It is information we should be paying attention to. In the last two centuries we have seen a massive increase in life expectancy across England and Wales. If you were born in 1851 you could expect to live for only 41 years on average, but 150 or so years later that figure has almost doubled to 79.5 years for men and 82.3 years for women. Access to clean food and water, better medical care and a decline in child mortality have all contributed to this, but that doesn’t mean that we can sit on our laurels. There remain serious inequalities between economically deprived areas and more prosperous areas when it comes to life expectancy. Men and women in Manchester aged 65 today can expect live a further 15.9 years and 18.8 years respectively, but in some of the richer parts of London those numbers go up to 21.6 years for men (Kensington and Chelsea) and 24.6 years for women (Camden).

There are significant differences even within Greater Manchester as well. If you’re female and live near the Sale, Whitefield or Milnrow Metrolink stops your life expectancy can be as high as 82 years. That drops to 73 if you live near to the Clayton Hall stop. Men in Timperley and Whitefield have the longest life expectancies at 78 years, but that plummets to 66 years for men in Rochdale Town Centre barely 26 miles away (To put it into perspective, that’s a year for every 7 minutes of transport time). Even within Tameside there is a 4 year gap in life expectancy between men in Audenshaw (73) and Ashton Moss (69), although that gap shrinks to a year amongst women (79 in Audenshaw and 78 in Ashton-under-Lyne).

Last year Greater Manchester became the first region in England to be handed control of £6 billion of health and social care spending from central government. Using these new powers to address the health inequalities in our region must rank as one of our highest priorities. We’ve recently received £23.2 million in transformation funding for our Care Together programme, and we’ll be making use good of that money to supercharge our ambitions to bring healthy life expectancy in our area up to at least the English average. If we’re going to achieve this we need to look beyond just the provision of health services and sanitation (important as that is) and into how factors like people’s jobs, the environment which they live in and their social interaction (or lack of) can affect their health for good or ill. Doing this is a challenge that nobody has attempted to meet on this scale before. I firmly believe that we are blazing a path that the rest of the country will soon be following, but I also know that we have only taken the first few steps on what will be a very long journey. Let’s face the tasks and make the changes we need to together.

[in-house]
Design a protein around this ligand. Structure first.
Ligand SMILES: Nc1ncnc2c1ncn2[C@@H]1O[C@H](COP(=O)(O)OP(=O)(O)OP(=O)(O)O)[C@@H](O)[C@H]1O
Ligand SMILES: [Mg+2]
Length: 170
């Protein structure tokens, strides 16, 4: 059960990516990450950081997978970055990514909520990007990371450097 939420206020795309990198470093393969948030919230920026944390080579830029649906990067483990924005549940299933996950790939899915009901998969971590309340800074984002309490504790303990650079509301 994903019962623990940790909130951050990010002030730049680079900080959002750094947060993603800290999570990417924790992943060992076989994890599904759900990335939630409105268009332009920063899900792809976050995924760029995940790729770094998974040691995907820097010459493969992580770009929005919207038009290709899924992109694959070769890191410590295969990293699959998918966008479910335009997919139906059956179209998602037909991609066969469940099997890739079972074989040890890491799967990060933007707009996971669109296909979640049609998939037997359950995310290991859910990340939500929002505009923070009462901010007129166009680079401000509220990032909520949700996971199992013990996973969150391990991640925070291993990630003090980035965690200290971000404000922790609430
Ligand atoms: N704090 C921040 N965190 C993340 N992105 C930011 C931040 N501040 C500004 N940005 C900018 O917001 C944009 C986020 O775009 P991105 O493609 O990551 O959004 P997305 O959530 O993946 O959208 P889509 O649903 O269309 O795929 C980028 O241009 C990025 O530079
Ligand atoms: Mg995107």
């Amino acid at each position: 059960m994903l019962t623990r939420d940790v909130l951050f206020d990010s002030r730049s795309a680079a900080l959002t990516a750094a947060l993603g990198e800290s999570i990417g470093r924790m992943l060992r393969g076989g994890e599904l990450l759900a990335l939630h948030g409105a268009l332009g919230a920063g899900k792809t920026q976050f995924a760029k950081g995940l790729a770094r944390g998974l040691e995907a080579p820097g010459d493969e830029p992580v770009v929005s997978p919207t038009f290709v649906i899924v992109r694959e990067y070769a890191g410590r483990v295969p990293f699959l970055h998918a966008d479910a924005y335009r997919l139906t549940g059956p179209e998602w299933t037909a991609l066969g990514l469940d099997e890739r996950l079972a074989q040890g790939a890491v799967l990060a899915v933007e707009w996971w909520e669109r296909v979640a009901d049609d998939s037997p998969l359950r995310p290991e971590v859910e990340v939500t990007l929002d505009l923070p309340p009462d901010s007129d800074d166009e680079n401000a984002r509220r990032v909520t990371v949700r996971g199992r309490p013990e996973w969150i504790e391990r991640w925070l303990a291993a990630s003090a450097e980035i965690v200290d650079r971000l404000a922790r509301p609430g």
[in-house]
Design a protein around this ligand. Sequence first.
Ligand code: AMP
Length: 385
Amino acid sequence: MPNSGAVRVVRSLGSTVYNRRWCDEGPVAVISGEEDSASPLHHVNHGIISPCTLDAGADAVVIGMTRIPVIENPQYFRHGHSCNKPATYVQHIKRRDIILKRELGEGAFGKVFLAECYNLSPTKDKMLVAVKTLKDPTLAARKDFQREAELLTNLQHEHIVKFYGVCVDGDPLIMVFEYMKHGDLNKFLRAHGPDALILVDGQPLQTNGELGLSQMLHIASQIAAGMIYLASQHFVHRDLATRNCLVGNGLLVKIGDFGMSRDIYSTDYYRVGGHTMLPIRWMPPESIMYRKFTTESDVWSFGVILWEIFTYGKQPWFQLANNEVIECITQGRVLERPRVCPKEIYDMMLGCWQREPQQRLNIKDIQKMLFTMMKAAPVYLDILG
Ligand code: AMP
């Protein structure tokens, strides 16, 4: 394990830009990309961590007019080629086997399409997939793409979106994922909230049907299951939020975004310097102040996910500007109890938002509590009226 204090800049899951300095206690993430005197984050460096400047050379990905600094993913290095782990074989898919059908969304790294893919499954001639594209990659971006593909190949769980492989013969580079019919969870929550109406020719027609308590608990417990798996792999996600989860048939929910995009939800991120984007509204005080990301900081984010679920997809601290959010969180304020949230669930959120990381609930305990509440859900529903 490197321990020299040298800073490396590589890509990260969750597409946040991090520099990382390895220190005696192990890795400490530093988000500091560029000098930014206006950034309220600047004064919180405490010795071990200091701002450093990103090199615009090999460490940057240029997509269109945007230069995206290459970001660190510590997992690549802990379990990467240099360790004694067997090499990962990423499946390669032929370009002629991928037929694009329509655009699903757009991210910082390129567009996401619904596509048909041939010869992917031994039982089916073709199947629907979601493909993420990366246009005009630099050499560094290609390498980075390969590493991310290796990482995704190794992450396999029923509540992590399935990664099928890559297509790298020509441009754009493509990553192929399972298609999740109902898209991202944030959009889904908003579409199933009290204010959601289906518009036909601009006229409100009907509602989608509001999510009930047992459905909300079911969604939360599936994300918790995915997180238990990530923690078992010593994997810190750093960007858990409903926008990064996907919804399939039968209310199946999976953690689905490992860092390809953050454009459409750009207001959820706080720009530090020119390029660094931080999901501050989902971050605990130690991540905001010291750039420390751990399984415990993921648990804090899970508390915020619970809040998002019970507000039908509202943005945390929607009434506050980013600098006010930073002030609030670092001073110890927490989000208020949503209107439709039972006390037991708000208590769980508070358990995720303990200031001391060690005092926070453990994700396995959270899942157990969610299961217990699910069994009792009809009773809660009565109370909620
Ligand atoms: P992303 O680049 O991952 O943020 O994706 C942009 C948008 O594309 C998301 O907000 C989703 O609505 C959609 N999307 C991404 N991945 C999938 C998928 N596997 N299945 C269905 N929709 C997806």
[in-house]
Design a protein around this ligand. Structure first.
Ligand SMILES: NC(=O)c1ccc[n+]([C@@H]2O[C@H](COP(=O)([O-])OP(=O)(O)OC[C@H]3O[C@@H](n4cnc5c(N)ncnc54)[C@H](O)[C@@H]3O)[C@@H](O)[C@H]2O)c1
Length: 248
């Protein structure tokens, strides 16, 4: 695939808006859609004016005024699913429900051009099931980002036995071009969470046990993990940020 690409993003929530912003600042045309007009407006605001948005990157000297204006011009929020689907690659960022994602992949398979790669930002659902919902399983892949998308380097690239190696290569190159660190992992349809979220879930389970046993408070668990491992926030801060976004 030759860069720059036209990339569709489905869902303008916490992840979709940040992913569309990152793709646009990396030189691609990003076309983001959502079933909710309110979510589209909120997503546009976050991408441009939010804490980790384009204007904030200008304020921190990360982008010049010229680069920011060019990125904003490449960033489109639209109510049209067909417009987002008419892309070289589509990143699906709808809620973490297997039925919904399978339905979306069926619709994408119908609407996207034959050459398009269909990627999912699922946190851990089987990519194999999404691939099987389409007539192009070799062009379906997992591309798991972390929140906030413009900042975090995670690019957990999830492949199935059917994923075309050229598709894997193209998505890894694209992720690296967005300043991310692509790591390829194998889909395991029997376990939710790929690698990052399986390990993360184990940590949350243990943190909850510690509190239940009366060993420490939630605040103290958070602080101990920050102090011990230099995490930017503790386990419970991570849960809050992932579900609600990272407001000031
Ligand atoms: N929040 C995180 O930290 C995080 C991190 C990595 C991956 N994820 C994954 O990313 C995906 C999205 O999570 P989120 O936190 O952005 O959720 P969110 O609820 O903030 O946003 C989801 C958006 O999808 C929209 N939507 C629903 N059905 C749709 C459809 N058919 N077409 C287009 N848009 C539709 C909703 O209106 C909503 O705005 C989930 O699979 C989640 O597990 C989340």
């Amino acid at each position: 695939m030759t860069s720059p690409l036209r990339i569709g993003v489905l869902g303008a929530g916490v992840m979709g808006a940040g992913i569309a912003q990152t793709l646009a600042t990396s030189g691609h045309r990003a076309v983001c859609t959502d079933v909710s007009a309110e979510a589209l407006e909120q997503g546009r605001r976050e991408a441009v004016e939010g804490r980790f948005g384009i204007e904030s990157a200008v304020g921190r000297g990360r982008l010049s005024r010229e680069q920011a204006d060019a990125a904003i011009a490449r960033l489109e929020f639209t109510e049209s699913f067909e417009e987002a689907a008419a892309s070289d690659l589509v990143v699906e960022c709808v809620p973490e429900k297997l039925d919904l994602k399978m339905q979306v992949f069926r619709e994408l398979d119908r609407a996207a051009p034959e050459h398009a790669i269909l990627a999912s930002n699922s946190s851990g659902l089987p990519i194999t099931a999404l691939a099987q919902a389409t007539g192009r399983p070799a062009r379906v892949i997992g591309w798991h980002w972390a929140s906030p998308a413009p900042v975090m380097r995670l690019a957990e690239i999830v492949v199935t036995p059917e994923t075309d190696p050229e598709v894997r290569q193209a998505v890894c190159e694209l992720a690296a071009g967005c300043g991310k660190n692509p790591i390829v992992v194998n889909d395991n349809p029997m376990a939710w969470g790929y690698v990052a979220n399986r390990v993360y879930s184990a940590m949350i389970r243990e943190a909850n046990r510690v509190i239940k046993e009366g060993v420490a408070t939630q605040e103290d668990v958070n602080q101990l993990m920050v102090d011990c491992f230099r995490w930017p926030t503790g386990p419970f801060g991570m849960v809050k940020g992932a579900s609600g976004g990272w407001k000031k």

A Sporting Tameside is a Healthy Tameside

Wednesday, June 15th, 2016